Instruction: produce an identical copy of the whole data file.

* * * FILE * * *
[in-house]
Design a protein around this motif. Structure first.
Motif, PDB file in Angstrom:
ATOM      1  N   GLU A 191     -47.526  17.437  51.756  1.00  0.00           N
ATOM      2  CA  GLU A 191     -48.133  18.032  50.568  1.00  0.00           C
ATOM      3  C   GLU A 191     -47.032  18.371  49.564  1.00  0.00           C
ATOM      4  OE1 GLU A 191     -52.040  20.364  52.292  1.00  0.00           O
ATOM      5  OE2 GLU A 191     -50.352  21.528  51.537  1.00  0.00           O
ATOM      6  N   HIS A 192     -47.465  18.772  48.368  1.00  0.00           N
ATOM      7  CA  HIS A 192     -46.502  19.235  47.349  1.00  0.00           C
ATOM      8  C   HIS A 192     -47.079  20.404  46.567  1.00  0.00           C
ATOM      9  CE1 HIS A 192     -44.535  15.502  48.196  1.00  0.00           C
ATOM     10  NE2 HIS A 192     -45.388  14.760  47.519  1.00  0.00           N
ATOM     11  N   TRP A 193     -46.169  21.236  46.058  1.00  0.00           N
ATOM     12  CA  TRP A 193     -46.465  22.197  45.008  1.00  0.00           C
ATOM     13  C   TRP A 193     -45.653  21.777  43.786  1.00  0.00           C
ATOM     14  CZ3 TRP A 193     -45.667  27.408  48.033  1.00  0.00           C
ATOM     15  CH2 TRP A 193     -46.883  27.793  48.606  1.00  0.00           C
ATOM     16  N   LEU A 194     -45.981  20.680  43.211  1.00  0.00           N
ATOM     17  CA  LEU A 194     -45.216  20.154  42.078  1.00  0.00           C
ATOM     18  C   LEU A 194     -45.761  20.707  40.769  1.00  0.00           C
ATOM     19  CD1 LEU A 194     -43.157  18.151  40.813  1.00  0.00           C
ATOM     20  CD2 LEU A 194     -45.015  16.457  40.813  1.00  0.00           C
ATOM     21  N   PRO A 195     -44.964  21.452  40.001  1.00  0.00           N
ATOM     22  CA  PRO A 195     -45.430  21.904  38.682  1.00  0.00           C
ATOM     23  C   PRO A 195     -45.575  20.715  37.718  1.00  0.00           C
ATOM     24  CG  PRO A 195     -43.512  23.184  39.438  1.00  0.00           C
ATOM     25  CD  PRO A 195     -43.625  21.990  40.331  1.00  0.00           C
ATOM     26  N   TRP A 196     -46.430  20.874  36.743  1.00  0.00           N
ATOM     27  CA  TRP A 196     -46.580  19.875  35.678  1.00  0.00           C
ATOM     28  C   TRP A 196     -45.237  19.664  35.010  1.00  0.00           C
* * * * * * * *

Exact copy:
[in-house]
Design a protein around this motif. Structure first.
Motif, PDB file in Angstrom:
ATOM      1  N   GLU A 191     -47.526  17.437  51.756  1.00  0.00           N
ATOM      2  CA  GLU A 191     -48.133  18.032  50.568  1.00  0.00           C
ATOM      3  C   GLU A 191     -47.032  18.371  49.564  1.00  0.00           C
ATOM      4  OE1 GLU A 191     -52.040  20.364  52.292  1.00  0.00           O
ATOM      5  OE2 GLU A 191     -50.352  21.528  51.537  1.00  0.00           O
ATOM      6  N   HIS A 192     -47.465  18.772  48.368  1.00  0.00           N
ATOM      7  CA  HIS A 192     -46.502  19.235  47.349  1.00  0.00           C
ATOM      8  C   HIS A 192     -47.079  20.404  46.567  1.00  0.00           C
ATOM      9  CE1 HIS A 192     -44.535  15.502  48.196  1.00  0.00           C
ATOM     10  NE2 HIS A 192     -45.388  14.760  47.519  1.00  0.00           N
ATOM     11  N   TRP A 193     -46.169  21.236  46.058  1.00  0.00           N
ATOM     12  CA  TRP A 193     -46.465  22.197  45.008  1.00  0.00           C
ATOM     13  C   TRP A 193     -45.653  21.777  43.786  1.00  0.00           C
ATOM     14  CZ3 TRP A 193     -45.667  27.408  48.033  1.00  0.00           C
ATOM     15  CH2 TRP A 193     -46.883  27.793  48.606  1.00  0.00           C
ATOM     16  N   LEU A 194     -45.981  20.680  43.211  1.00  0.00           N
ATOM     17  CA  LEU A 194     -45.216  20.154  42.078  1.00  0.00           C
ATOM     18  C   LEU A 194     -45.761  20.707  40.769  1.00  0.00           C
ATOM     19  CD1 LEU A 194     -43.157  18.151  40.813  1.00  0.00           C
ATOM     20  CD2 LEU A 194     -45.015  16.457  40.813  1.00  0.00           C
ATOM     21  N   PRO A 195     -44.964  21.452  40.001  1.00  0.00           N
ATOM     22  CA  PRO A 195     -45.430  21.904  38.682  1.00  0.00           C
ATOM     23  C   PRO A 195     -45.575  20.715  37.718  1.00  0.00           C
ATOM     24  CG  PRO A 195     -43.512  23.184  39.438  1.00  0.00           C
ATOM     25  CD  PRO A 195     -43.625  21.990  40.331  1.00  0.00           C
ATOM     26  N   TRP A 196     -46.430  20.874  36.743  1.00  0.00           N
ATOM     27  CA  TRP A 196     -46.580  19.875  35.678  1.00  0.00           C
ATOM     28  C   TRP A 196     -45.237  19.664  35.010  1.00  0.00           C